7 Oct 2006
What was so great about the Haçienda then? 
The honorary membership scheme and being able to get Lime & Soda for 0.15GBP from Leroy. That's what.

Urbis and MNMArchive are having a public 'talk' under the banner 'What was so great about the Haçienda then?' on 14 November 2006:

http://www.urbis.org.uk/events.asp?page=328

One of the evening's facilitators, friend of cerysmatic David Nolan, states: "It's an en masse discussion with the usual suspects specifically prevented from starting the debate because it's about the PUNTERS experience".
This will be achieved with the help of a "panel of punters, djs, authors and musicians".

Anybody wishing to relate any experiences/memories of the very early days of the club can contact David via email: mediaexpertise@fsmail.net or via www.myspace.com/davidnolanwriter

Tickets are available from the Urbis shop or via 0161 605 8220 at 3.00GBP.

Urbis are planning their own summer of Haçienda in 2007 and have a series of Haçienda photographs on show in the corridor gallery from 18 October - 4 December 2006.

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Peter Saville colour wheel
A Certain Ratio

"Manchester, 1978. In the beginning there were four: Jez Kerr (bass), Martin Moscrop (guitar/trumpet), Peter Terrel (guitar/effects) and Simon Topping (vocals/trumpet). Four thin boys with a name borrowed from a Brian Eno record, the intense, drummerless quartet initially drew influence from Wire, Eno, the Velvets and Kraftwerk, and gained a manager in Anthony Wilson of Factory Records.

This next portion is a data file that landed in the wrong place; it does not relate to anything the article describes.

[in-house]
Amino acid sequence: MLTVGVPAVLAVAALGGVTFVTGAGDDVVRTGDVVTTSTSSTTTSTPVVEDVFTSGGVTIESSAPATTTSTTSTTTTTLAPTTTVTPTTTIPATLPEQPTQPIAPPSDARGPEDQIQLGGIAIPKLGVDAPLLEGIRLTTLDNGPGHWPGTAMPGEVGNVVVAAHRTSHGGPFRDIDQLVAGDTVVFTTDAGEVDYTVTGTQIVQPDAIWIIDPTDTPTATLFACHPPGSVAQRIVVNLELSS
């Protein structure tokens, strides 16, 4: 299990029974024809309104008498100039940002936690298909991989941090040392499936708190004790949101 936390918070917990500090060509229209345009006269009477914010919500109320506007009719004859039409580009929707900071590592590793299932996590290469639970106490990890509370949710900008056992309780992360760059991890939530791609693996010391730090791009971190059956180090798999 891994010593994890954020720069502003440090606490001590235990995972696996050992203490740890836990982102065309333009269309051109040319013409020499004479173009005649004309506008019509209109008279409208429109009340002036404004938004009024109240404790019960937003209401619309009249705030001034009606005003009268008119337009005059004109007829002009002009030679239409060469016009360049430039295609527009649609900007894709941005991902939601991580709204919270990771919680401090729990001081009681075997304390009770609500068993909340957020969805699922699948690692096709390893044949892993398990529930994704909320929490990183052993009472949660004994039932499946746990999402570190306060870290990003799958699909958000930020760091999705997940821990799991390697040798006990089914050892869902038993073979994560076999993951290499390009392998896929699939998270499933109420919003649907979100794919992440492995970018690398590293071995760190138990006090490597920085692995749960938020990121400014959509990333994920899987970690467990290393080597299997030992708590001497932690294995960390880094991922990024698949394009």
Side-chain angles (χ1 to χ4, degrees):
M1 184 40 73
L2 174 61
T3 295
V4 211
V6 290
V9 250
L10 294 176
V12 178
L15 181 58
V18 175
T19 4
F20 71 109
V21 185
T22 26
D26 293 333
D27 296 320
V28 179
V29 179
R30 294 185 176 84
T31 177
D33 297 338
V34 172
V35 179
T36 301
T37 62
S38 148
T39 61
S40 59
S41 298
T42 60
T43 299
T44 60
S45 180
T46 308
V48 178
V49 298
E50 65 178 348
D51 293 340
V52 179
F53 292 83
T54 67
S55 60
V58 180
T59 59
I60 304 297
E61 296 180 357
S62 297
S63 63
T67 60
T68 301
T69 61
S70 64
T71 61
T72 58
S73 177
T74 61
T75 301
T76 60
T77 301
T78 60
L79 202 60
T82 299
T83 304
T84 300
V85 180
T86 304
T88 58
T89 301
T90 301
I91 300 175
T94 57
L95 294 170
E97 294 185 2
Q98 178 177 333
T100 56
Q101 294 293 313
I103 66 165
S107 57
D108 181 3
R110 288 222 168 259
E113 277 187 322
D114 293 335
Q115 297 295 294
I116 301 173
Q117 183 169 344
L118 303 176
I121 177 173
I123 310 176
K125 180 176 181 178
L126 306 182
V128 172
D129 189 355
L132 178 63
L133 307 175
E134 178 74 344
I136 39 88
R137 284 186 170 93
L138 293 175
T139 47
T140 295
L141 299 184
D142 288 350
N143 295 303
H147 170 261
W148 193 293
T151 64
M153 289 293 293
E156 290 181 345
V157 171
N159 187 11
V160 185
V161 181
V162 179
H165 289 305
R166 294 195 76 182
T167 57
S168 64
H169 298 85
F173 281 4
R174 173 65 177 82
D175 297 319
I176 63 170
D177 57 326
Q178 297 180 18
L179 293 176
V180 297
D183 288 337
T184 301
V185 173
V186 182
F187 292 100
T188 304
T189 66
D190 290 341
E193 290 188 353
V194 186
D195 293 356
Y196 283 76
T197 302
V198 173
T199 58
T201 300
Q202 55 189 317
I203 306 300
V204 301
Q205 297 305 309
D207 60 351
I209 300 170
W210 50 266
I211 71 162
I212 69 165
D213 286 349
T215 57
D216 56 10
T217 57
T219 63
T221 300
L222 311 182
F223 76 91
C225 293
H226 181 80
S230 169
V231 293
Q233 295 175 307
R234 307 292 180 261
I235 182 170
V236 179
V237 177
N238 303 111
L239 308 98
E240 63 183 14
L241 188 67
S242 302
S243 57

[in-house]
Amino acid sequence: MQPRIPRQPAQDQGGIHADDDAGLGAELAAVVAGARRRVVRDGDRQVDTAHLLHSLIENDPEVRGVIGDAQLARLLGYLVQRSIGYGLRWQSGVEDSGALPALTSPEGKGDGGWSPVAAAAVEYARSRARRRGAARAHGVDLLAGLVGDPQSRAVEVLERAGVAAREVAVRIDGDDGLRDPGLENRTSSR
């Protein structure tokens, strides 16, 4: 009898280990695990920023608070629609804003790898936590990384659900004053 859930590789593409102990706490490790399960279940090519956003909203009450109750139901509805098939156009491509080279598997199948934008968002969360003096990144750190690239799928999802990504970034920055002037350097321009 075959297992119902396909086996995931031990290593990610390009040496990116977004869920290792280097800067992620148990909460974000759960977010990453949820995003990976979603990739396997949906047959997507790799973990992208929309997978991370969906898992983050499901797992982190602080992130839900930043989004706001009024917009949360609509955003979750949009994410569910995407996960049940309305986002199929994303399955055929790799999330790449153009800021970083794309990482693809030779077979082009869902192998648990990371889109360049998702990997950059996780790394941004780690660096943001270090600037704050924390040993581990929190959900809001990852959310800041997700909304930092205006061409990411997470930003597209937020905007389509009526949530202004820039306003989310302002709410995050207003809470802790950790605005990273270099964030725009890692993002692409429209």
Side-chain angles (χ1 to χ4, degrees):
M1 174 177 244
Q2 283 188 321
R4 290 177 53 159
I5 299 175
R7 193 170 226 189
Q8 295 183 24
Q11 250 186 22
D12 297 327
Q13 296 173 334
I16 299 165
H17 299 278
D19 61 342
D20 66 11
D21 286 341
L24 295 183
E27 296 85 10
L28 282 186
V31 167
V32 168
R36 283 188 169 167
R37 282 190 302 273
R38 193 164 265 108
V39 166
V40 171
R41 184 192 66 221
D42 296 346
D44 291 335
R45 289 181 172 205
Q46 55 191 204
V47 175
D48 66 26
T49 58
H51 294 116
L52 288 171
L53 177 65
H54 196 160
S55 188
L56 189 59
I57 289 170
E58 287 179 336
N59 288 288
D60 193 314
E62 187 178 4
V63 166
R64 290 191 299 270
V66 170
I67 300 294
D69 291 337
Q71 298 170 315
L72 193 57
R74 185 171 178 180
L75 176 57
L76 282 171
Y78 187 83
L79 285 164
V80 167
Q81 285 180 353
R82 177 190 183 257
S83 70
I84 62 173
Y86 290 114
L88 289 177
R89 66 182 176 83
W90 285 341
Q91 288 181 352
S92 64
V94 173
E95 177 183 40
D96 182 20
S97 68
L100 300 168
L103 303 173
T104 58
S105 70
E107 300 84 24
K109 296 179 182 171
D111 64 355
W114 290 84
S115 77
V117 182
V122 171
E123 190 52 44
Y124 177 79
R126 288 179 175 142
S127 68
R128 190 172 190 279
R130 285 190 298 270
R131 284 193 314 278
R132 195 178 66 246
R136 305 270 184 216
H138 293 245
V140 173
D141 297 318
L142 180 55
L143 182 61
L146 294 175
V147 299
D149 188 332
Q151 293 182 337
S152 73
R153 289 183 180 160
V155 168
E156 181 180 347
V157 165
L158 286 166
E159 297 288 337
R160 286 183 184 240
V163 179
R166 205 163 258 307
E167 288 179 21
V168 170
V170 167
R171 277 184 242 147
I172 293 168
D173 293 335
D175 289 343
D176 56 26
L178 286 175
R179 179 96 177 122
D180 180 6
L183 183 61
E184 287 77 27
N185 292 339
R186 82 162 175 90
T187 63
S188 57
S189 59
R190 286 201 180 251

"May 1979 saw the release of their first ACR single, the dark All Night Party, although the sound and musicianship of the band would be transformed by the arrival of funky drummer Donald Johnson (DoJo) in August. Over the next few months the band gigged widely, often with Joy Division as part of Factory packages, and recorded demos with producer Martin Hannett as well as a Peel session. Their support slot with Talking Heads on their UK tour in December 1979 set David Byrne on a new course, and provided the compelling live half of their chic cassette package The Graveyard and the Ballroom. Post-punk, ACR now reflected the influence of Funkadelic, George Clinton, Bootsy Collins, The Bar Kays and James Brown."

- intro to ACR Biography by James Nice (LTM)

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